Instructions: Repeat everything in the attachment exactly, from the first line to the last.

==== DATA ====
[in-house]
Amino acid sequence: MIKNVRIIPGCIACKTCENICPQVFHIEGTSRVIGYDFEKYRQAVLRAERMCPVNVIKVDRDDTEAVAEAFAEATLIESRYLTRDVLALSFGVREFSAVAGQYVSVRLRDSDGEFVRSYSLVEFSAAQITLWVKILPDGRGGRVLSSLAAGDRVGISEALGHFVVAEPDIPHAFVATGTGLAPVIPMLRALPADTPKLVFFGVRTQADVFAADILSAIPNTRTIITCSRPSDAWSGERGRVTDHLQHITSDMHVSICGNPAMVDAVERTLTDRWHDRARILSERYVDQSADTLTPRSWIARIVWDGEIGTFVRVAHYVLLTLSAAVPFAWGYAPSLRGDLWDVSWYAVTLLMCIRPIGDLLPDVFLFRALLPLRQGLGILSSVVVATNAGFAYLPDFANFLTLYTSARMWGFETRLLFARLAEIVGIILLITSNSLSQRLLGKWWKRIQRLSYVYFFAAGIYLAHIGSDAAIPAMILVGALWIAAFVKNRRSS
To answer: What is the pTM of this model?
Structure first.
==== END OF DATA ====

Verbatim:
[in-house]
Amino acid sequence: MIKNVRIIPGCIACKTCENICPQVFHIEGTSRVIGYDFEKYRQAVLRAERMCPVNVIKVDRDDTEAVAEAFAEATLIESRYLTRDVLALSFGVREFSAVAGQYVSVRLRDSDGEFVRSYSLVEFSAAQITLWVKILPDGRGGRVLSSLAAGDRVGISEALGHFVVAEPDIPHAFVATGTGLAPVIPMLRALPADTPKLVFFGVRTQADVFAADILSAIPNTRTIITCSRPSDAWSGERGRVTDHLQHITSDMHVSICGNPAMVDAVERTLTDRWHDRARILSERYVDQSADTLTPRSWIARIVWDGEIGTFVRVAHYVLLTLSAAVPFAWGYAPSLRGDLWDVSWYAVTLLMCIRPIGDLLPDVFLFRALLPLRQGLGILSSVVVATNAGFAYLPDFANFLTLYTSARMWGFETRLLFARLAEIVGIILLITSNSLSQRLLGKWWKRIQRLSYVYFFAAGIYLAHIGSDAAIPAMILVGALWIAAFVKNRRSS
To answer: What is the pTM of this model?
Structure first.